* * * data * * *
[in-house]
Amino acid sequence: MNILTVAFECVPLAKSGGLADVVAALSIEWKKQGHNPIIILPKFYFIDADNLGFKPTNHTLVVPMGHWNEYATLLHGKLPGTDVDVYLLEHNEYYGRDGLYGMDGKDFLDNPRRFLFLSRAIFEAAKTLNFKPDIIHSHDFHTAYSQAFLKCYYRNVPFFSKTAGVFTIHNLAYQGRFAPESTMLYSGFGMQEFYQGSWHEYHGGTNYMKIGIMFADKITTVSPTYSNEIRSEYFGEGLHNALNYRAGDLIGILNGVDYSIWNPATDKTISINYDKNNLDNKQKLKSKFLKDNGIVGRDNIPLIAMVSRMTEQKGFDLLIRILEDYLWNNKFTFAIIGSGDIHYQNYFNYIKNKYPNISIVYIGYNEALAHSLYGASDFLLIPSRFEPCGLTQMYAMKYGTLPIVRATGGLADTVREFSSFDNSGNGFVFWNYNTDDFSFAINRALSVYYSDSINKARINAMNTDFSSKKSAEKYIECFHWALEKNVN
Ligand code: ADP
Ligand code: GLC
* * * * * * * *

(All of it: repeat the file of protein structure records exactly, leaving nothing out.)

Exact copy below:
[in-house]
Amino acid sequence: MNILTVAFECVPLAKSGGLADVVAALSIEWKKQGHNPIIILPKFYFIDADNLGFKPTNHTLVVPMGHWNEYATLLHGKLPGTDVDVYLLEHNEYYGRDGLYGMDGKDFLDNPRRFLFLSRAIFEAAKTLNFKPDIIHSHDFHTAYSQAFLKCYYRNVPFFSKTAGVFTIHNLAYQGRFAPESTMLYSGFGMQEFYQGSWHEYHGGTNYMKIGIMFADKITTVSPTYSNEIRSEYFGEGLHNALNYRAGDLIGILNGVDYSIWNPATDKTISINYDKNNLDNKQKLKSKFLKDNGIVGRDNIPLIAMVSRMTEQKGFDLLIRILEDYLWNNKFTFAIIGSGDIHYQNYFNYIKNKYPNISIVYIGYNEALAHSLYGASDFLLIPSRFEPCGLTQMYAMKYGTLPIVRATGGLADTVREFSSFDNSGNGFVFWNYNTDDFSFAINRALSVYYSDSINKARINAMNTDFSSKKSAEKYIECFHWALEKNVN
Ligand code: ADP
Ligand code: GLC